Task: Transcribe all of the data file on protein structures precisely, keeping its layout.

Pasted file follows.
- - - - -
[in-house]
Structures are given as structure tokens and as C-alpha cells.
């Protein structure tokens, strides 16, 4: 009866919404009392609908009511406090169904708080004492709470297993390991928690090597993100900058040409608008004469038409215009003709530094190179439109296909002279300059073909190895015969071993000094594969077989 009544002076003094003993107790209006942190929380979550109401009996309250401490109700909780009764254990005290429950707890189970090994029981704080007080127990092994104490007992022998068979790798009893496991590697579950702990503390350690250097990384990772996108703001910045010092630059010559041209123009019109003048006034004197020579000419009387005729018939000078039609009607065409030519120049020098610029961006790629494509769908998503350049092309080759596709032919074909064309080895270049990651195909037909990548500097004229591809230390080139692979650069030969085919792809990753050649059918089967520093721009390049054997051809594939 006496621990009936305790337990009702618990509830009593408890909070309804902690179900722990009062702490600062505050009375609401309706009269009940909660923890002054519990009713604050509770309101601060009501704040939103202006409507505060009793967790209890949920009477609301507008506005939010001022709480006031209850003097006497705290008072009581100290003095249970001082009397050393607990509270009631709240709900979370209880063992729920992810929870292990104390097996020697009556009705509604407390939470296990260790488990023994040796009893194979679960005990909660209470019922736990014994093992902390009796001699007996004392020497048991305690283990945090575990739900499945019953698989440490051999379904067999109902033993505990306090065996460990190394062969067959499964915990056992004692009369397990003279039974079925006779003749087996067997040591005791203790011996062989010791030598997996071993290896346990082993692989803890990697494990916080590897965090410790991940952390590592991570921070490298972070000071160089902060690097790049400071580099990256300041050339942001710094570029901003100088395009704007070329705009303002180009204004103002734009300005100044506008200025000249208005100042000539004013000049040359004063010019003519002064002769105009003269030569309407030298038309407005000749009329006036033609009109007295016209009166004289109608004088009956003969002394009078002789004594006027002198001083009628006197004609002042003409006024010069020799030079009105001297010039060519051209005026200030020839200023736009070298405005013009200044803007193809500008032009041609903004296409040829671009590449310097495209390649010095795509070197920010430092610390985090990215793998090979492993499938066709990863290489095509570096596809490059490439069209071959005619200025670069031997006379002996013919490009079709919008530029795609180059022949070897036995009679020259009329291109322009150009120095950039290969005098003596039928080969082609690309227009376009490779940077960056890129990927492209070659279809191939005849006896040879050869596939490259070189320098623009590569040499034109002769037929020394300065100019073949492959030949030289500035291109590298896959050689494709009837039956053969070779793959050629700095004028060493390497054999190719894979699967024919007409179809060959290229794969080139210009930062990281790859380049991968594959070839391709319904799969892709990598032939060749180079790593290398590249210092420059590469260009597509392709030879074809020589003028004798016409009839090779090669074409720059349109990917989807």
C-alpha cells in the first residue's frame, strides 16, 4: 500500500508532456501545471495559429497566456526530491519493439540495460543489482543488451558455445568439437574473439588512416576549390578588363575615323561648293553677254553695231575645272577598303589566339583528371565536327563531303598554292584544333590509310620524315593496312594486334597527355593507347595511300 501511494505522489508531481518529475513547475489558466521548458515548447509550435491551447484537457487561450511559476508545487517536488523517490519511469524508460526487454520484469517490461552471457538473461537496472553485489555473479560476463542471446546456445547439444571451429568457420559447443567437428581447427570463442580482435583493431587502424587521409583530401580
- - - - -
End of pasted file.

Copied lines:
[in-house]
Structures are given as structure tokens and as C-alpha cells.
């Protein structure tokens, strides 16, 4: 009866919404009392609908009511406090169904708080004492709470297993390991928690090597993100900058040409608008004469038409215009003709530094190179439109296909002279300059073909190895015969071993000094594969077989 009544002076003094003993107790209006942190929380979550109401009996309250401490109700909780009764254990005290429950707890189970090994029981704080007080127990092994104490007992022998068979790798009893496991590697579950702990503390350690250097990384990772996108703001910045010092630059010559041209123009019109003048006034004197020579000419009387005729018939000078039609009607065409030519120049020098610029961006790629494509769908998503350049092309080759596709032919074909064309080895270049990651195909037909990548500097004229591809230390080139692979650069030969085919792809990753050649059918089967520093721009390049054997051809594939 006496621990009936305790337990009702618990509830009593408890909070309804902690179900722990009062702490600062505050009375609401309706009269009940909660923890002054519990009713604050509770309101601060009501704040939103202006409507505060009793967790209890949920009477609301507008506005939010001022709480006031209850003097006497705290008072009581100290003095249970001082009397050393607990509270009631709240709900979370209880063992729920992810929870292990104390097996020697009556009705509604407390939470296990260790488990023994040796009893194979679960005990909660209470019922736990014994093992902390009796001699007996004392020497048991305690283990945090575990739900499945019953698989440490051999379904067999109902033993505990306090065996460990190394062969067959499964915990056992004692009369397990003279039974079925006779003749087996067997040591005791203790011996062989010791030598997996071993290896346990082993692989803890990697494990916080590897965090410790991940952390590592991570921070490298972070000071160089902060690097790049400071580099990256300041050339942001710094570029901003100088395009704007070329705009303002180009204004103002734009300005100044506008200025000249208005100042000539004013000049040359004063010019003519002064002769105009003269030569309407030298038309407005000749009329006036033609009109007295016209009166004289109608004088009956003969002394009078002789004594006027002198001083009628006197004609002042003409006024010069020799030079009105001297010039060519051209005026200030020839200023736009070298405005013009200044803007193809500008032009041609903004296409040829671009590449310097495209390649010095795509070197920010430092610390985090990215793998090979492993499938066709990863290489095509570096596809490059490439069209071959005619200025670069031997006379002996013919490009079709919008530029795609180059022949070897036995009679020259009329291109322009150009120095950039290969005098003596039928080969082609690309227009376009490779940077960056890129990927492209070659279809191939005849006896040879050869596939490259070189320098623009590569040499034109002769037929020394300065100019073949492959030949030289500035291109590298896959050689494709009837039956053969070779793959050629700095004028060493390497054999190719894979699967024919007409179809060959290229794969080139210009930062990281790859380049991968594959070839391709319904799969892709990598032939060749180079790593290398590249210092420059590469260009597509392709030879074809020589003028004798016409009839090779090669074409720059349109990917989807």
C-alpha cells in the first residue's frame, strides 16, 4: 500500500508532456501545471495559429497566456526530491519493439540495460543489482543488451558455445568439437574473439588512416576549390578588363575615323561648293553677254553695231575645272577598303589566339583528371565536327563531303598554292584544333590509310620524315593496312594486334597527355593507347595511300 501511494505522489508531481518529475513547475489558466521548458515548447509550435491551447484537457487561450511559476508545487517536488523517490519511469524508460526487454520484469517490461552471457538473461537496472553485489555473479560476463542471446546456445547439444571451429568457420559447443567437428581447427570463442580482435583493431587502424587521409583530401580